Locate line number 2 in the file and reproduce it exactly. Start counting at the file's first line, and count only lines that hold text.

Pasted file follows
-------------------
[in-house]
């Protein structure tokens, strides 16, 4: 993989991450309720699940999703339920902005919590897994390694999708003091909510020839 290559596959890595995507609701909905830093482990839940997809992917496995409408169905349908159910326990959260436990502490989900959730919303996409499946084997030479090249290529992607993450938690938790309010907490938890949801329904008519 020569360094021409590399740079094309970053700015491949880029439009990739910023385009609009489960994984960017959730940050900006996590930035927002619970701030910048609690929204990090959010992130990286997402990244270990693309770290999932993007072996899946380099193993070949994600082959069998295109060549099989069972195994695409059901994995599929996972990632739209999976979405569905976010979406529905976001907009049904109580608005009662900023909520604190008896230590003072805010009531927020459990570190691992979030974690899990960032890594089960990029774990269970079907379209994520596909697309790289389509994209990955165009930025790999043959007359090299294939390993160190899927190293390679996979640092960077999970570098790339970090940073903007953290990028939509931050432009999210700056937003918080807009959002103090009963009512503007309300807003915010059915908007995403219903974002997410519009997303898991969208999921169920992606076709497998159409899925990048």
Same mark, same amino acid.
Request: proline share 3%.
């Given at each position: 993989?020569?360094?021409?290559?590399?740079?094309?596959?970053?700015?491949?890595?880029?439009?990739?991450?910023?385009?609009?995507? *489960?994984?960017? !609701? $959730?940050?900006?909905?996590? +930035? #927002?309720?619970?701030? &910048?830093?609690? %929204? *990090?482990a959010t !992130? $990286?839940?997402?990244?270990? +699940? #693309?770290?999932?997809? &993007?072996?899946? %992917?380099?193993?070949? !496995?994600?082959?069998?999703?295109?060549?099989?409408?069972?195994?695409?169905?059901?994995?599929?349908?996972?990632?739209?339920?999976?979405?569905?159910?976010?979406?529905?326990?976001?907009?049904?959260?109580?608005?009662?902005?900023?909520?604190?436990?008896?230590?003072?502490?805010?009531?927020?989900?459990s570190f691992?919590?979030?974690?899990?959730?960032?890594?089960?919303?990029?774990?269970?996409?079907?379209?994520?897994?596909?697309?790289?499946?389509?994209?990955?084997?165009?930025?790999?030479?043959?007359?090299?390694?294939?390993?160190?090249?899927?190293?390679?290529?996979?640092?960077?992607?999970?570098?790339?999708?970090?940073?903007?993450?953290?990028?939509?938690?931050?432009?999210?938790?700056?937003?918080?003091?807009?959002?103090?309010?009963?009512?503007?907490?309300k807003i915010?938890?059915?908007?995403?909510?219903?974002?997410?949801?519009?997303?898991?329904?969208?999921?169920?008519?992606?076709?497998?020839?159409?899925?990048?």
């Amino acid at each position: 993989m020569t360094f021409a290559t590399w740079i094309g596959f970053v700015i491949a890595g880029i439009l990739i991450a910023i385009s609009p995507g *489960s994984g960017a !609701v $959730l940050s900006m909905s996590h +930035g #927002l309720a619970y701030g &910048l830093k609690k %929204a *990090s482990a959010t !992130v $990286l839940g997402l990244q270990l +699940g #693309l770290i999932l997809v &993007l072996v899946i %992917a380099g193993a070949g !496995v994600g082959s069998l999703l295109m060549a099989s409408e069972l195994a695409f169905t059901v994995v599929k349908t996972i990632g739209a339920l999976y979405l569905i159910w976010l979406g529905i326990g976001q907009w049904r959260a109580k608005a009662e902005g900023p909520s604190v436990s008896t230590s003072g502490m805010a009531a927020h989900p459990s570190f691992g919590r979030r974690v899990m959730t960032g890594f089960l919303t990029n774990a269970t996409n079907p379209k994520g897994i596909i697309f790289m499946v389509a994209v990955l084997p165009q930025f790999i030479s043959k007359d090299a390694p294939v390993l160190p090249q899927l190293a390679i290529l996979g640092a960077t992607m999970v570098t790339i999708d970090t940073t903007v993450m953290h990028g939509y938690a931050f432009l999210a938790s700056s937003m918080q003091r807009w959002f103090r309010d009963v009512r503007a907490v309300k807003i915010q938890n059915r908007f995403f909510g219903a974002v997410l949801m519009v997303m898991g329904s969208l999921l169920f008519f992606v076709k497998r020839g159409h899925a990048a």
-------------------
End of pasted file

């Protein structure tokens, strides 16, 4: 993989991450309720699940999703339920902005919590897994390694999708003091909510020839 290559596959890595995507609701909905830093482990839940997809992917496995409408169905349908159910326990959260436990502490989900959730919303996409499946084997030479090249290529992607993450938690938790309010907490938890949801329904008519 020569360094021409590399740079094309970053700015491949880029439009990739910023385009609009489960994984960017959730940050900006996590930035927002619970701030910048609690929204990090959010992130990286997402990244270990693309770290999932993007072996899946380099193993070949994600082959069998295109060549099989069972195994695409059901994995599929996972990632739209999976979405569905976010979406529905976001907009049904109580608005009662900023909520604190008896230590003072805010009531927020459990570190691992979030974690899990960032890594089960990029774990269970079907379209994520596909697309790289389509994209990955165009930025790999043959007359090299294939390993160190899927190293390679996979640092960077999970570098790339970090940073903007953290990028939509931050432009999210700056937003918080807009959002103090009963009512503007309300807003915010059915908007995403219903974002997410519009997303898991969208999921169920992606076709497998159409899925990048």